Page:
Call it the ultimate fan's ultimate dream, or a bootlegger's nightmare, but Pearl Jam has just released 25 -- yes, 25! -- live albums.
It's the latest example of how the Internet is reshaping pop music -- a move that probably would have been inconceivable without the distribution capabilities provided online.
The new albums are all two-disc affairs, each one a complete concert from Pearl Jam's summer tour of Europe. The CDs, released by the band and distributed by Epic Records, are available for as little as $10.98 (plus shipping and handling) for Pearl Jam fan club members via the band's Web site.
Besides the albums' availability on the Web site, the band and Epic are making them available to Internet retailers and traditional record stores. They each carry a suggested retail price of $16.98 -- as opposed to the $17.98 to $18.98 list price of most single-disc new releases. But they are expected to be discounted by various retailers during their initial weeks on the shelves. Not all retail chains, however, are expected to stock all or even a portion of the albums because of the volume of the series.
The novel mass release -- Pearl Jam manager Kelly Curtis affectionately describes the albums as "our own bootlegs" -- gives fans unprecedented "authorized" access to the band's musical output.
"There have been bootlegs of just about every show Pearl Jam has ever done," he said. "But most of them weren't very good and some were selling for $40 or $50 each, so we decided to put out our own bootlegs. We see it as a way for collectors to get the music with better quality and at a more reasonable price."
Pearl Jam's series comes at a particularly sensitive time in the record industry -- a period when labels, retailers and artists are trying to figure out the impact of the Internet on their future. The most immediate question involves a high-profile court battle with Napster over the free flow of music on the Internet.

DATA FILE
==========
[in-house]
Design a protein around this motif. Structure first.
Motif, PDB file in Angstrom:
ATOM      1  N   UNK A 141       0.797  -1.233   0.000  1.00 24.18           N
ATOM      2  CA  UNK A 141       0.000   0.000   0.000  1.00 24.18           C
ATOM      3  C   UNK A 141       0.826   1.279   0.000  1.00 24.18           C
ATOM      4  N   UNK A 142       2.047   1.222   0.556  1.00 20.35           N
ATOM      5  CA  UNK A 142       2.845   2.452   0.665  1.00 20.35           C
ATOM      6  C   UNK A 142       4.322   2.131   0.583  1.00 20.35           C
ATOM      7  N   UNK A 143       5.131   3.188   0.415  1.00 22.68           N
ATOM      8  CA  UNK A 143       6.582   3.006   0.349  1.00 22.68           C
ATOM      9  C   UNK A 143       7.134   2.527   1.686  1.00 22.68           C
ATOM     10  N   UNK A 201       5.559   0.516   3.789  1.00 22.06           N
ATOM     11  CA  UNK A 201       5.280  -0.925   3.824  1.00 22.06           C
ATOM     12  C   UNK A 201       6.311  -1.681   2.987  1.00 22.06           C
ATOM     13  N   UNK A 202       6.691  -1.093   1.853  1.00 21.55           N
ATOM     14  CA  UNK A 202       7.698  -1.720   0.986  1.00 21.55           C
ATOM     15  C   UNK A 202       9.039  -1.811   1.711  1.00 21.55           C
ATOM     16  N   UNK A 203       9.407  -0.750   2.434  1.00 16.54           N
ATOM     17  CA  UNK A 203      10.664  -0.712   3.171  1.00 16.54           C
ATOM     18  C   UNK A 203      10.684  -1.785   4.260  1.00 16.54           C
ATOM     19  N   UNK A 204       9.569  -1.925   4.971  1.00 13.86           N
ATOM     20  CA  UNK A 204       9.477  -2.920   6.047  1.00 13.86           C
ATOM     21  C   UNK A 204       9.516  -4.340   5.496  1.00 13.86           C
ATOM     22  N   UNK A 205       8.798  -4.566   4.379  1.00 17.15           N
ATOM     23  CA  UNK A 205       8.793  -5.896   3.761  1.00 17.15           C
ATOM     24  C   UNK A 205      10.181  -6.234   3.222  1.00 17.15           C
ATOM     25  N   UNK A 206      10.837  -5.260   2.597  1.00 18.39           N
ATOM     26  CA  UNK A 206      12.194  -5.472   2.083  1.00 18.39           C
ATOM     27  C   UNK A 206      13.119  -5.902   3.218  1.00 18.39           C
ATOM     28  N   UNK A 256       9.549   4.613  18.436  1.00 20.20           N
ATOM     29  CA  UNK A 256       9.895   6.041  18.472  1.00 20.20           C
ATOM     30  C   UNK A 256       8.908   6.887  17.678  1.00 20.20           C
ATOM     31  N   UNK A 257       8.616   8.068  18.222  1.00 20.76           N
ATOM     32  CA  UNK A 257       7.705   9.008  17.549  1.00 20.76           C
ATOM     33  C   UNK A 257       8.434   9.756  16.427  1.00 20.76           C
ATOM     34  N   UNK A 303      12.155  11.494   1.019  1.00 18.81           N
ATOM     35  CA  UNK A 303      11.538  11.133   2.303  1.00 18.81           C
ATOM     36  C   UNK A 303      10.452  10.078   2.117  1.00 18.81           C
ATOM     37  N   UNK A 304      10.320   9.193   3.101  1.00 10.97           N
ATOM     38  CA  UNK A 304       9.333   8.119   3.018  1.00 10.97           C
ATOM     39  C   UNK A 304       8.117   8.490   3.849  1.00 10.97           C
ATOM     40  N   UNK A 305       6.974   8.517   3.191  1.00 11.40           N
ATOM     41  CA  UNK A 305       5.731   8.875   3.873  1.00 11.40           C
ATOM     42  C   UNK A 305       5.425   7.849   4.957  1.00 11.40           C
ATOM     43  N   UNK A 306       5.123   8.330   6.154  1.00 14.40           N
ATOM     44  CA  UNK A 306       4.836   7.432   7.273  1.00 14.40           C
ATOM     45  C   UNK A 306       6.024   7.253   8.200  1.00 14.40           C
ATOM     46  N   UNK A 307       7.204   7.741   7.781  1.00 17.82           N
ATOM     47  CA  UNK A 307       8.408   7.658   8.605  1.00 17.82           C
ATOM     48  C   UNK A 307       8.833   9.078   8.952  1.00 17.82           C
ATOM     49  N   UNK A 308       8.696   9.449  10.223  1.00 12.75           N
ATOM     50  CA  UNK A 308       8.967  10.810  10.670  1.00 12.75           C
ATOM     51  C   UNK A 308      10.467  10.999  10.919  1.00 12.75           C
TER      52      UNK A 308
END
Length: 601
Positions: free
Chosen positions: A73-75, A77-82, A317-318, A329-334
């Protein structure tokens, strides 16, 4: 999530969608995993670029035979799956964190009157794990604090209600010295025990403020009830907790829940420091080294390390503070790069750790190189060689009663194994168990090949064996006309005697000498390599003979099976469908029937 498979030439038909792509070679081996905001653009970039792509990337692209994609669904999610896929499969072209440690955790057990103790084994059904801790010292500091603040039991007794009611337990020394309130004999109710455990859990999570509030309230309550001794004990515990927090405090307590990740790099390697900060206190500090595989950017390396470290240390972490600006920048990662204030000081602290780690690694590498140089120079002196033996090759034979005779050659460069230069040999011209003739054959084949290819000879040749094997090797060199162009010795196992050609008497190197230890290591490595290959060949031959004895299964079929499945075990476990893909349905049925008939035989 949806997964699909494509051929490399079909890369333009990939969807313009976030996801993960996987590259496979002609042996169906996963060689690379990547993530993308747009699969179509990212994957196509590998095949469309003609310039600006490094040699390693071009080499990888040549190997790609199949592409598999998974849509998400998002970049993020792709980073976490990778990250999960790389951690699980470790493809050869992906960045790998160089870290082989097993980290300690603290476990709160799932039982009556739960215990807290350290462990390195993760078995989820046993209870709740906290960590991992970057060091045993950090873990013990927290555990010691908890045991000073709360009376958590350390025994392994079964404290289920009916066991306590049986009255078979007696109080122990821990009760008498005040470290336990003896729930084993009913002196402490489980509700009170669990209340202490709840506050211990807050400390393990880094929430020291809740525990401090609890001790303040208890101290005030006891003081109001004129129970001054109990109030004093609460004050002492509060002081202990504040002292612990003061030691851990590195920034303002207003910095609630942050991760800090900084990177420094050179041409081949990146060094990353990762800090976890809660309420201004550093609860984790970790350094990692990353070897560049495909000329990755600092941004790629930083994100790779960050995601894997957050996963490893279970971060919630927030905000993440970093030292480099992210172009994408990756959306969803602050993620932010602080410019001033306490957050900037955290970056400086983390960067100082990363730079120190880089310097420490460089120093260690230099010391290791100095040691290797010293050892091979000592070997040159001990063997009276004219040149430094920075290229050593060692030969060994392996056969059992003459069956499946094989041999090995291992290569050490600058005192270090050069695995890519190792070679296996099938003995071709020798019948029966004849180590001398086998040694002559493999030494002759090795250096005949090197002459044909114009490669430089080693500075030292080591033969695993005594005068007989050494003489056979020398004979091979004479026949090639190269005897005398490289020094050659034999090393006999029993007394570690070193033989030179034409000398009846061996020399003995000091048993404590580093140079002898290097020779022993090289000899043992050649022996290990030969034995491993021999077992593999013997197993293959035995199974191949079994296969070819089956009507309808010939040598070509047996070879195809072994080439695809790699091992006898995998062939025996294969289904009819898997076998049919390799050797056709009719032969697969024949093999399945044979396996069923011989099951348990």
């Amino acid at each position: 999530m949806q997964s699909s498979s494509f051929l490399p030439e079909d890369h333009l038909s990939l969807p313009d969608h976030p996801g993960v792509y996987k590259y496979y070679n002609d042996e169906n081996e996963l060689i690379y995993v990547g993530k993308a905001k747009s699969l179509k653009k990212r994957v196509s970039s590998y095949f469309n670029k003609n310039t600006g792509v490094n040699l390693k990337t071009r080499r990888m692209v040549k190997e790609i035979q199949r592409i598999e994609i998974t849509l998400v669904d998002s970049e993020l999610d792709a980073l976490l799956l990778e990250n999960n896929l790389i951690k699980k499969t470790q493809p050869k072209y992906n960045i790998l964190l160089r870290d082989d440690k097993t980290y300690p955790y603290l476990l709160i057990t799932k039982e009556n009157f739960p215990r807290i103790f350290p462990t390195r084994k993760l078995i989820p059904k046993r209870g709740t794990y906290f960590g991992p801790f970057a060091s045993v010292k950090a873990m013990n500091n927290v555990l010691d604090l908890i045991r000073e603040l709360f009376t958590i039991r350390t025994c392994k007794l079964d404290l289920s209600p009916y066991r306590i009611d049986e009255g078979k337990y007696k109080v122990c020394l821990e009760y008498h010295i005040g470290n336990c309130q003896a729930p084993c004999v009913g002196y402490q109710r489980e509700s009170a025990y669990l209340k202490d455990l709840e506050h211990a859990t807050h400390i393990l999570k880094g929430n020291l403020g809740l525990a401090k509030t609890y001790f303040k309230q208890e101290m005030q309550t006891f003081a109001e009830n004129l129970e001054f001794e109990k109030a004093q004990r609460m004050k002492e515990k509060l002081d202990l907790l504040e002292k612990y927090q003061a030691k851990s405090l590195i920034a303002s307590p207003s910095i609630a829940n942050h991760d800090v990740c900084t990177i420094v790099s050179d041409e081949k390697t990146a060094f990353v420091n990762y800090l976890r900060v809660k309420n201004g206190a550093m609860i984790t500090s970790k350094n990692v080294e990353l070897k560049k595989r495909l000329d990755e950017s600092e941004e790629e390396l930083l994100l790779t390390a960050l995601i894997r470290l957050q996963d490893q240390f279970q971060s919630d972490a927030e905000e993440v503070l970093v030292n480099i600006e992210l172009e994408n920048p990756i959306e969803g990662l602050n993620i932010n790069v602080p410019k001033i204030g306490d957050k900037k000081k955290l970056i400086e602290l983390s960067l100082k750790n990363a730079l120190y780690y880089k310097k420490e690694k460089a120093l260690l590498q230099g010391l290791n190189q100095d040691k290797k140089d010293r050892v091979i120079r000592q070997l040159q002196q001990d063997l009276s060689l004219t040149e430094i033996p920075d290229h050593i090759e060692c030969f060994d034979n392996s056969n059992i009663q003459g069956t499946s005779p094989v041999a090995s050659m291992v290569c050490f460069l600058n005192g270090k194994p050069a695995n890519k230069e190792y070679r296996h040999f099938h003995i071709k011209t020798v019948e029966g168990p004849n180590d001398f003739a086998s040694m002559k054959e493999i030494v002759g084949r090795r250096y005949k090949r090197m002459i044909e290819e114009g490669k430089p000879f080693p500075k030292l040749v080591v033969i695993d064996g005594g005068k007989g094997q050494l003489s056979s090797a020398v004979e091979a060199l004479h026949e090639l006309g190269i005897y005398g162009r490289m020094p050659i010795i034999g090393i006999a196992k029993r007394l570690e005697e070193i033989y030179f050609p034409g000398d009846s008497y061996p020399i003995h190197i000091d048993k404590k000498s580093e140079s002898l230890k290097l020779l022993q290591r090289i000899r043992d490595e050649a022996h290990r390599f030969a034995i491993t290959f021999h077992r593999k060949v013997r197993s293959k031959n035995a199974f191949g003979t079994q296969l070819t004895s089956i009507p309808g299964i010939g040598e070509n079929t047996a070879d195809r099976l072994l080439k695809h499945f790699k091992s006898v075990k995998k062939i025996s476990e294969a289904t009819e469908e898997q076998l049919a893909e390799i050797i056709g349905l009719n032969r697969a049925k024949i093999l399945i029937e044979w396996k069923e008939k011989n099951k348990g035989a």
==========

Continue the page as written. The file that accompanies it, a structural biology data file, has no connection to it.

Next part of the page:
On Monday, Sony Records, which owns Epic, announced that the rock band Offspring had scrapped plans to post an album on the Internet more than a month before the CD goes on sale. Sony, which is involved in the legal battle with Napster, had reportedly told the band to cancel the giveaway, calling it a violation of contractual obligations.
Though the Pearl Jam releases carry the blessing of Epic, retailers and rival bands will be watching the results of the 25-album barrage to see how many copies are sold, and how many of them are sold via the Internet or fan club rather than traditional stores.
The live albums went on sale on the band's Web site Sept. 5, and orders already have been received for more than 60,000 copies, according to a source at Epic Records.
Polly Anthony, president of the Epic Records Group, said the project was a "bit of a brain twister" in terms of figuring out how to distribute the albums, but feels the series is in keeping with Pearl Jam's attempt to maintain a special bond with its audience.
The sound quality generally isn't as good on these discs as on "Live on Two Legs," but it's preferable to the average live bootleg.
And price isn't the only attraction for fans with the new albums. Because Pearl Jam often reworks its set list from night to night, fans will have a liberating range of choices.
Pearl Jam is one of the most compelling live bands in rock, and one of the disappointments of its previous live album, 1998's "Live on Two Legs," was the song selection. There was an entire layer of essential songs missing from the 16-song single disc -- from the anthem-like "Not for You" to the warmly idealistic "Wishlist."
Thanks to this new batch of albums, however, you can find "Wishlist" on 18 CDs, including four that also include "Not for You."
Unlike most live albums, the Pearl Jam CDs are being released pretty much as is -- meaning you'll come across a few wrong notes in places.
"We didn't want to get into having to pick and choose between the shows, or having the band think about it too much," Curtis said. "Everyone has a (mistake) somewhere in the show, and you can end up spending all this money to fix them. They decided to go for it, blemishes and all."
Even Curtis hasn't listened to all 25 albums, but he was at all 25 shows and cites the second date, in Katowice, Poland, on June 16, as a favorite, as well as shows in Paris on June 8 and in Verona, Italy, on June 20.
(There is no album from the June 30 rock festival in Denmark where nine fans were trampled to death.)
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